A mixer on the other hand requires some learning to master. The huge amount of controls, faders, and connectivity can definitely be intimidating for those who are new to it. You’ll need to experiment with the controls too to get the best sound. That said, some might prefer the tactile control offered by a mixer, versus tweaking in a DAW, and there’s certainly an argument that the advanced features of a mixer open more possibilities for sculpting your sound before it hits your DAW.

Winner: While an audio interface is easier to use than a mixer, what the usability argument really comes down to is your intended purpose. Each does it's particular task well, so we'll call it a draw for this category.

Audio interface vs mixer: Cost

Close up of the faders on a mixing console

(Image credit: Future)

Despite offering a lot less connectivity, audio interfaces are actually very similarly priced to mixers at the lower end of the scale. You can get a basic 2-in audio interface for around the $/£100 mark, while a similar price point will get you 4-6 channels on a mixer. Even at this low price point, an audio interface will provide excellent recording quality, making it a great way to record for less.

While you can buy an audio interface for a relatively cheap price, not all of these mixers will have a built-in audio interface or effects, and costs can quickly increase if you want to add these features. A decent 8-channel mixer without an audio interface built-in can easily set you back $/£200, and once you add multi-track recording via USB into the equation you can easily hit the $/£500 mark.

Winner: Although both categories are similarly priced at the bottom end of the scale, most of the lower-cost mixers don't feature effects or a built-in audio interface, meaning you'll need to spend more if you want multi-track recording. The audio interface takes it for this one.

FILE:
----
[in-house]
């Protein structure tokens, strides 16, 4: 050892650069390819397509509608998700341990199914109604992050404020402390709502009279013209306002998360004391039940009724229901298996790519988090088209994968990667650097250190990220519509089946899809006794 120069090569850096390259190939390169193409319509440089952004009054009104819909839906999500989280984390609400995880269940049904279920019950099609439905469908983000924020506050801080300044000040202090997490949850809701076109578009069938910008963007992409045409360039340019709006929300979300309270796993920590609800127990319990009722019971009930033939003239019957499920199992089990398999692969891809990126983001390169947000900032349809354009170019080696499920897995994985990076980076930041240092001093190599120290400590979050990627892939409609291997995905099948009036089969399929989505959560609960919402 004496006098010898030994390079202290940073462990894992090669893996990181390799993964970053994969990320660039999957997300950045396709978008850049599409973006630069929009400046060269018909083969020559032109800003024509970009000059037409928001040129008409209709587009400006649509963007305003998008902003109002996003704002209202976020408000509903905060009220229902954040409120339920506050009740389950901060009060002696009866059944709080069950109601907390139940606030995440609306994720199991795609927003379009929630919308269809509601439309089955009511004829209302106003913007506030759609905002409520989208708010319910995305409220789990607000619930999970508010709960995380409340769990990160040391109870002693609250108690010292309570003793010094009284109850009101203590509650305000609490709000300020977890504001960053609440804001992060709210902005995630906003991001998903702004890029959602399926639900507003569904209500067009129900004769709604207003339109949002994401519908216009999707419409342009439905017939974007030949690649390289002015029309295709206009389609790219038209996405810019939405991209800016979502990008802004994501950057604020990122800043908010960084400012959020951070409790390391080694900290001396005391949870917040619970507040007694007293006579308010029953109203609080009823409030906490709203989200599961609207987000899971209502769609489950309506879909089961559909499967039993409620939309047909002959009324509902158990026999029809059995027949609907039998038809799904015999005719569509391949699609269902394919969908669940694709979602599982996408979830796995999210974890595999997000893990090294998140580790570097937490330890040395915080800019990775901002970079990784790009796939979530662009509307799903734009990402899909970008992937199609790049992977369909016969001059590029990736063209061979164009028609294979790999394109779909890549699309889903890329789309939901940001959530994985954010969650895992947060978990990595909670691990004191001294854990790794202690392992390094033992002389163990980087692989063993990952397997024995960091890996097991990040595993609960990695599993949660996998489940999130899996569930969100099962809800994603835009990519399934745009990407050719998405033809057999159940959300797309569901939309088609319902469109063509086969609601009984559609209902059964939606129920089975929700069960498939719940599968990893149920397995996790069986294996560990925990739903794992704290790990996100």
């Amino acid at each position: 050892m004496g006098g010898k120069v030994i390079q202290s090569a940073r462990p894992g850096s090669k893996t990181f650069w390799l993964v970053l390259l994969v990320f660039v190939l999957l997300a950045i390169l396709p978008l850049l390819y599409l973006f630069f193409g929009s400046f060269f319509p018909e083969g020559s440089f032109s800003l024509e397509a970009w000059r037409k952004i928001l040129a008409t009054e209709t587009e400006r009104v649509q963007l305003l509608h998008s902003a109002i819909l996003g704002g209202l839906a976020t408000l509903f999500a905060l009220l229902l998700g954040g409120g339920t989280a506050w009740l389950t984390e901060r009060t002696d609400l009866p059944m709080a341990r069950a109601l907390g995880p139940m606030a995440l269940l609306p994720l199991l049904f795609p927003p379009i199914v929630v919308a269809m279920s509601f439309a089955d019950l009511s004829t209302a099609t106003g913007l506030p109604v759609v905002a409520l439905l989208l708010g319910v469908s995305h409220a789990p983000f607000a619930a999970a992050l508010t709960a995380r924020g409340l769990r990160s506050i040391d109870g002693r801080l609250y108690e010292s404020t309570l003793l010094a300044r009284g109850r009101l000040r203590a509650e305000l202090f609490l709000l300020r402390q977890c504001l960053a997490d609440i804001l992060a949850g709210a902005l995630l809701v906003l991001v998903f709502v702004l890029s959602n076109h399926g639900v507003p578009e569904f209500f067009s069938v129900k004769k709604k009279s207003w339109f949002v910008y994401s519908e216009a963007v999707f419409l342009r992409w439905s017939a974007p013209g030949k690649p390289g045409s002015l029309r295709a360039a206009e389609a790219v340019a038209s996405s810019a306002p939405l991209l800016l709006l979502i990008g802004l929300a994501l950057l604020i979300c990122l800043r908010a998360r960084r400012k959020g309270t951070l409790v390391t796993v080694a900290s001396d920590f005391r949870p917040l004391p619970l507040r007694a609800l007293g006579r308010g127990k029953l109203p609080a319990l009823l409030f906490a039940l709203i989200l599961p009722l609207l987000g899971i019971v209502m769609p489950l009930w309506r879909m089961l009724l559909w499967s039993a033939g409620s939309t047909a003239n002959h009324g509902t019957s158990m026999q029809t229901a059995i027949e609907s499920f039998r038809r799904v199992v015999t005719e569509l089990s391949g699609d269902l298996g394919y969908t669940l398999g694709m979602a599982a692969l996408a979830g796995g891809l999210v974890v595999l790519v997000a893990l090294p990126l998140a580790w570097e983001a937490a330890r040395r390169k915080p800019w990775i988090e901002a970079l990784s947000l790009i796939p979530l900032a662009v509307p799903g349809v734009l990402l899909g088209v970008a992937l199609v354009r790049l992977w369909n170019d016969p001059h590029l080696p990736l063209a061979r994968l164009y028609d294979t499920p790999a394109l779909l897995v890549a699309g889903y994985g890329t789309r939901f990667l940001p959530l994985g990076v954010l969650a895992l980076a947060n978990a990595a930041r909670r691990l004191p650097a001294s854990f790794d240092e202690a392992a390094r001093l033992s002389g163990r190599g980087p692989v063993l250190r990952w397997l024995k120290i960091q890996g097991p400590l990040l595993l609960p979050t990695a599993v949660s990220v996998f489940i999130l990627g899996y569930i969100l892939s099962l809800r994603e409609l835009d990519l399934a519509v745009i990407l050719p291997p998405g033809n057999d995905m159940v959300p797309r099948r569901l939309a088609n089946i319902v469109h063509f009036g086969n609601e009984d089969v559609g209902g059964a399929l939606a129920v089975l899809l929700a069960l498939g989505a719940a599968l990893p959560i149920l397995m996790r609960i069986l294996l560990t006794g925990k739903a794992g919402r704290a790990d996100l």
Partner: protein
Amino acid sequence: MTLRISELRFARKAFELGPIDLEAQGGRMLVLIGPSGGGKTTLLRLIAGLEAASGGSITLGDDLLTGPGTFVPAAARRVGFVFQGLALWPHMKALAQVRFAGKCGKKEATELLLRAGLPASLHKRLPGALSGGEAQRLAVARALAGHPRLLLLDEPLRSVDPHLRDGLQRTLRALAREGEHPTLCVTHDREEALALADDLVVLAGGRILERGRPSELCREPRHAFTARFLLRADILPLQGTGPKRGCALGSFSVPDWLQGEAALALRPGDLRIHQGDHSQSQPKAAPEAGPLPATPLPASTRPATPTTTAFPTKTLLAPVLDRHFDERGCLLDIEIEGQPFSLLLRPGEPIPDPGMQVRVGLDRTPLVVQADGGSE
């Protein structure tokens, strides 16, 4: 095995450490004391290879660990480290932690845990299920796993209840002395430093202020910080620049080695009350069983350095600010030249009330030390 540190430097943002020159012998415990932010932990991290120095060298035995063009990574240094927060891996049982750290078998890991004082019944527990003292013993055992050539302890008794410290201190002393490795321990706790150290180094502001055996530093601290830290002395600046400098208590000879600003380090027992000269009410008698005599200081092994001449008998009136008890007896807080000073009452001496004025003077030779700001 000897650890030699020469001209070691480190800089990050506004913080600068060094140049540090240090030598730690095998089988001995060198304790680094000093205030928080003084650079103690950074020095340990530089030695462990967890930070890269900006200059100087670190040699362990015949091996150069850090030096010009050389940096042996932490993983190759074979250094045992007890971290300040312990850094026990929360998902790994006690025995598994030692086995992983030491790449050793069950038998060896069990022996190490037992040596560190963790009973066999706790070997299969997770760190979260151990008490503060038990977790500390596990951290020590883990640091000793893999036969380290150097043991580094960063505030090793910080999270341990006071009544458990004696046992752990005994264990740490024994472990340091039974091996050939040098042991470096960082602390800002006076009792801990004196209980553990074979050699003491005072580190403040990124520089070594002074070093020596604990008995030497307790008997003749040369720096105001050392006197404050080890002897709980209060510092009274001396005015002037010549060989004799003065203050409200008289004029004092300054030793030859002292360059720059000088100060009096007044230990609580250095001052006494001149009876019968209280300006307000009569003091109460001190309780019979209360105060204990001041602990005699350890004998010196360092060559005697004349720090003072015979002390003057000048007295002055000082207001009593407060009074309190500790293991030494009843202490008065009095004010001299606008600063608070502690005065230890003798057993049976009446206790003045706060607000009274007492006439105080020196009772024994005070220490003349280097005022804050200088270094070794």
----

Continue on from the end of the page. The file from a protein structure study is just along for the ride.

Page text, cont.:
Audio interface vs mixer: Verdict

A PreSonus audio interface with condenser microphone and studio headphones resting on top of it

(Image credit: Future)

As you can see it’s a close call between these two, and that’s because the choice of audio interface versus mixer is all about the use case. If, for example, you have lots of synths you want to be plugged in at the same time, with the ability to switch between them at will, a mixer will be useful for your particular workflow.

Conversely, if you have a single main instrument you record with the rest happening in the box, or you prefer to multi-track different instruments individually, an audio interface would make sense for you.  

Some musicians also prefer the workflow of setting their levels, EQ, and compression before the signal hits the DAW, which makes a mixer the logical choice. If you’re not confident using EQs and compressors before you hit the mixing stage it makes sense to do this after the recording phase in your DAW.

You could even combine the two, using a mixer to bring together multiple instruments and effects, before sending the stereo outputs to an audio interface for recording. Whichever method you choose, what's important is getting a speedy workflow that allows you to put your ideas down quickly and efficiently, leaving less time messing with cables and more time making music.

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Matt McCracken
Junior Deals Writer

Matt is a Junior Deals Writer here at MusicRadar. He regularly tests and reviews music gear with a focus on audio interfaces, studio headphones, studio monitors, and pretty much anything else home recording-related. Responsible for over 60 buying guides, a large part of his role is helping musicians find the best deals on gear. Matt worked in music retail for 5 years at Dawsons Music and Northwest Guitars and has written for various music sites including Guitar World, Guitar Player, Guitar.com, Ultimate Guitar, and Thomann’s t.blog. 

A regularly gigging guitarist with over 20 years of experience playing live and producing bands, he's performed everything from jazz to djent, gigging all over the country in more dingy venues than you can shake a drop-tuned guitar at. When he's not holed up in his home studio recording new songs or downloading new plugins, you’ll find him making a racket with Northern noise hounds JACKALS